JOINTED JEWEL: A STRUCTURAL ANALYSIS OF THE WORLD’S MOST COMPLEX CAVE SYSTEM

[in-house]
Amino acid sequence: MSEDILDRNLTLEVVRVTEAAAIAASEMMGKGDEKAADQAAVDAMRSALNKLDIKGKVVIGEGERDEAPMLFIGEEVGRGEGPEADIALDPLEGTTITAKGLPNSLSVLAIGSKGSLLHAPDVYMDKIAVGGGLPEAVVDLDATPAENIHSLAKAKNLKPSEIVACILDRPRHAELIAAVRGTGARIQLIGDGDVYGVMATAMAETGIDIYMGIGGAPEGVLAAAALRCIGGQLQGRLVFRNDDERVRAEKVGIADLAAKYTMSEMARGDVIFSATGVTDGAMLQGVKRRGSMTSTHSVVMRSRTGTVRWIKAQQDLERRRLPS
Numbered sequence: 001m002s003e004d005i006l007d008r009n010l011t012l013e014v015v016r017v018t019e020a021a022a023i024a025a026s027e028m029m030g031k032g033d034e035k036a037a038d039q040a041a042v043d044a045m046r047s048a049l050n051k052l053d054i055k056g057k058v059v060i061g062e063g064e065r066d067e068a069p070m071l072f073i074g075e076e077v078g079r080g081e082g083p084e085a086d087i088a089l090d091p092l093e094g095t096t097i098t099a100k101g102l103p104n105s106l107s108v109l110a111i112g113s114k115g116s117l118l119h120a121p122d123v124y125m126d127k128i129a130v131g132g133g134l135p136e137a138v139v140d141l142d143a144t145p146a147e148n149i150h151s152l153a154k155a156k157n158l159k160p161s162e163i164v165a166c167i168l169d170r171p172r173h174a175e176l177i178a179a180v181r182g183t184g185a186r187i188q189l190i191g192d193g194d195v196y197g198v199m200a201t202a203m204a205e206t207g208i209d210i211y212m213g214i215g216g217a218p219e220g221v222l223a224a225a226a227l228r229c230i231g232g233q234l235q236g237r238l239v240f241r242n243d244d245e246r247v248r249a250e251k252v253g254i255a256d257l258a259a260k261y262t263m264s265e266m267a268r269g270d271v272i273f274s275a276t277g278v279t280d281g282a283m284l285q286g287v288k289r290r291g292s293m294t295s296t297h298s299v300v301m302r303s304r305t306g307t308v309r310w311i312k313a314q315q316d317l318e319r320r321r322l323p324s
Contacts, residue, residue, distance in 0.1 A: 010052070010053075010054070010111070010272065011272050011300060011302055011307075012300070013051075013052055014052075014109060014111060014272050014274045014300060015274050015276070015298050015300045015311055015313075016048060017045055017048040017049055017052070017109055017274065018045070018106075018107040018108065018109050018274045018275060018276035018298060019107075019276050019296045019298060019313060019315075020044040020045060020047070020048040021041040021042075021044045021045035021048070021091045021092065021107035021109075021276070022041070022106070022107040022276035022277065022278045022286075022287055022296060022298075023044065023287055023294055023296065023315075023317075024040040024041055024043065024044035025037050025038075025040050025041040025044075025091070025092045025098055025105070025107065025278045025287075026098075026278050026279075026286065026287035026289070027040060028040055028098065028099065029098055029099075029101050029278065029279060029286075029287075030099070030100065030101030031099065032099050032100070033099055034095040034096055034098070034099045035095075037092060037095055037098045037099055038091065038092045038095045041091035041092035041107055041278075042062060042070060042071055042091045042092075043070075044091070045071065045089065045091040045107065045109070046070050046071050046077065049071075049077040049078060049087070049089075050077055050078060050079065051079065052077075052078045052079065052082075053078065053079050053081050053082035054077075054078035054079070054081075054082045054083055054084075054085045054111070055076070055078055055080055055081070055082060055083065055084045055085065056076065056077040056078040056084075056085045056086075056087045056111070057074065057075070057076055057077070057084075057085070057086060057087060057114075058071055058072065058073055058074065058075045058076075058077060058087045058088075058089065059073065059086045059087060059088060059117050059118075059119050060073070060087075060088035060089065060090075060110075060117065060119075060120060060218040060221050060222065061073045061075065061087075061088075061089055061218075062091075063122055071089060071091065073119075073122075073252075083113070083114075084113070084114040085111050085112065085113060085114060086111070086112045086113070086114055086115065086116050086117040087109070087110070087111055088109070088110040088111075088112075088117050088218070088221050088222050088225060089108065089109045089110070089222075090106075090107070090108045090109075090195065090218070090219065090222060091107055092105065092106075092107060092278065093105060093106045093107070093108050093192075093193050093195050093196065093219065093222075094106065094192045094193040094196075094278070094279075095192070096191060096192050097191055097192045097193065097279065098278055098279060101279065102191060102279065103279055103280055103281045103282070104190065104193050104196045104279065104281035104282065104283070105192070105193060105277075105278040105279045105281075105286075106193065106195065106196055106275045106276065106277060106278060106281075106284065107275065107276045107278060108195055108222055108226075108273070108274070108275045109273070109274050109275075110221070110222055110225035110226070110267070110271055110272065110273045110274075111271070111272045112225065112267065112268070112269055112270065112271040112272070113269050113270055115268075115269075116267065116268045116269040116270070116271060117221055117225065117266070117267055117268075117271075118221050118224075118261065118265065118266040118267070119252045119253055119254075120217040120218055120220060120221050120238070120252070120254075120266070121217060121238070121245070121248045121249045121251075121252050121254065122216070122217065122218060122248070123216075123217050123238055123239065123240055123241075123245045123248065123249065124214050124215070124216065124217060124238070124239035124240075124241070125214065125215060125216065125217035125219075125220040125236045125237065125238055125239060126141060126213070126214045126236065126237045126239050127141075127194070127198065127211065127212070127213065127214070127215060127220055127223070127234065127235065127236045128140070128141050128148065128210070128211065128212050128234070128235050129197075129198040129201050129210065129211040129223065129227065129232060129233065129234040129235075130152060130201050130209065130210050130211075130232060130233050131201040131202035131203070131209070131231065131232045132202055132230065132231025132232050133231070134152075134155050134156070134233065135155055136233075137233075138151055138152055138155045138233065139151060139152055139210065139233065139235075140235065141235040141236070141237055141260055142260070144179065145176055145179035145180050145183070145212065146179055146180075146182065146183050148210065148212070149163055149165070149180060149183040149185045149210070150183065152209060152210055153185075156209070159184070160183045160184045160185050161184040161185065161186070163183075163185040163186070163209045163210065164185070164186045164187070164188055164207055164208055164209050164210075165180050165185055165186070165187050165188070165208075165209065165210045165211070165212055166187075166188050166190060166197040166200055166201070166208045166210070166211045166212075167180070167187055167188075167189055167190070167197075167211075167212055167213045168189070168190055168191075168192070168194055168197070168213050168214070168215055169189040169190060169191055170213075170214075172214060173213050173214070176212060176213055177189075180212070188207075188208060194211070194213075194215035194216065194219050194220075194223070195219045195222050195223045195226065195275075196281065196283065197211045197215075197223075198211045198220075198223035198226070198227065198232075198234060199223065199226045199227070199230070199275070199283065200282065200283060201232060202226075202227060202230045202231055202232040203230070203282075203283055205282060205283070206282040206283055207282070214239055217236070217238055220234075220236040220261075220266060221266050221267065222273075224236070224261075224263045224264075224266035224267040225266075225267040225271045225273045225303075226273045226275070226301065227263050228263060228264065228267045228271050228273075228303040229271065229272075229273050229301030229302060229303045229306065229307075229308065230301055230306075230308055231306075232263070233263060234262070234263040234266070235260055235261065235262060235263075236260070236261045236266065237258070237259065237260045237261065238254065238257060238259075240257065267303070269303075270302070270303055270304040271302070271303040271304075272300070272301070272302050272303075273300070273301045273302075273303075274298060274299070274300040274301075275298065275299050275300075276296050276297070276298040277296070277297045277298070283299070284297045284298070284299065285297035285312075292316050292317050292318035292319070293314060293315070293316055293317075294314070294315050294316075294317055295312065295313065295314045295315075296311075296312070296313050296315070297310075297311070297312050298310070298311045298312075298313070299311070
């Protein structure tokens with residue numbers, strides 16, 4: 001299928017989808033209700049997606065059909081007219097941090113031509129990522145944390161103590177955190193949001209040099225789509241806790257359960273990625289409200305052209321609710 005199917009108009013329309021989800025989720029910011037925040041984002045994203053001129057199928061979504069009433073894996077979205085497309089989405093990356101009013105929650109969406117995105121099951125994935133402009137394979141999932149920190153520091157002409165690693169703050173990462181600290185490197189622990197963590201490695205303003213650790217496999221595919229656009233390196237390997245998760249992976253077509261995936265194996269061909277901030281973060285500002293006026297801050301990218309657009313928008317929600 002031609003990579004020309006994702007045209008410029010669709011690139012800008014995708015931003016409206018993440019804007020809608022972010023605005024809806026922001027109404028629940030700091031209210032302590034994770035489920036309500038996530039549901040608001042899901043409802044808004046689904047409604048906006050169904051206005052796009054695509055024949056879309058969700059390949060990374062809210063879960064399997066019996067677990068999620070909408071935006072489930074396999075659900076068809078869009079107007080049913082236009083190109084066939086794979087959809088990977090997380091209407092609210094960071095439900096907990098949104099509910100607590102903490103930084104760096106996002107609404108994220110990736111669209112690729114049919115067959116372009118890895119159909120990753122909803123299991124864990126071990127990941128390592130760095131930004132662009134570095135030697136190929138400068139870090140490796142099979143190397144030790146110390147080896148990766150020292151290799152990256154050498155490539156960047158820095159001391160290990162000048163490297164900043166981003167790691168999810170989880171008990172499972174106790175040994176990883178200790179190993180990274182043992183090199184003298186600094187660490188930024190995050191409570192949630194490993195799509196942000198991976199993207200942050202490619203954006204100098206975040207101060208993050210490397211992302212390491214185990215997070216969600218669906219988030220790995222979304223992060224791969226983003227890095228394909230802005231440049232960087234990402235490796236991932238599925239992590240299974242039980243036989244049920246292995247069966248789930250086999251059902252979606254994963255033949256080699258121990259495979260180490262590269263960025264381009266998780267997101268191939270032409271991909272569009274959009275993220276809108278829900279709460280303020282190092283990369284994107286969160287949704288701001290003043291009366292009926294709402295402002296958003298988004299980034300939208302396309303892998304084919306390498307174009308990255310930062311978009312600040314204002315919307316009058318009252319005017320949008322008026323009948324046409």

The network outline of Jewel Cave is closely related to the stresses within the uplifting Black Hills during the early Tertiary Laramide orogeny (Palmer et al., 1989). Variations in stratigraphic facies of the Pahasapa Limestone result in joint systems in successive stories that display different frequencies and orientations (Ford, 1989). Since the structural nature of the Pahasapa Limestone is a primary control on cave passage morphology and orientation, quantifying structural controls on superimposed ascending joint systems can help to predict the location of new passageways. A partnership between the National Park Service and the Geoscientists In the Parks (GIP) program facilitated an internship study to map and quantify the Laramide deformation of the Pahasapa Limestone using a combination of field mapping techniques and ArcGIS to aid in exploration efforts and future monument boundary revisions.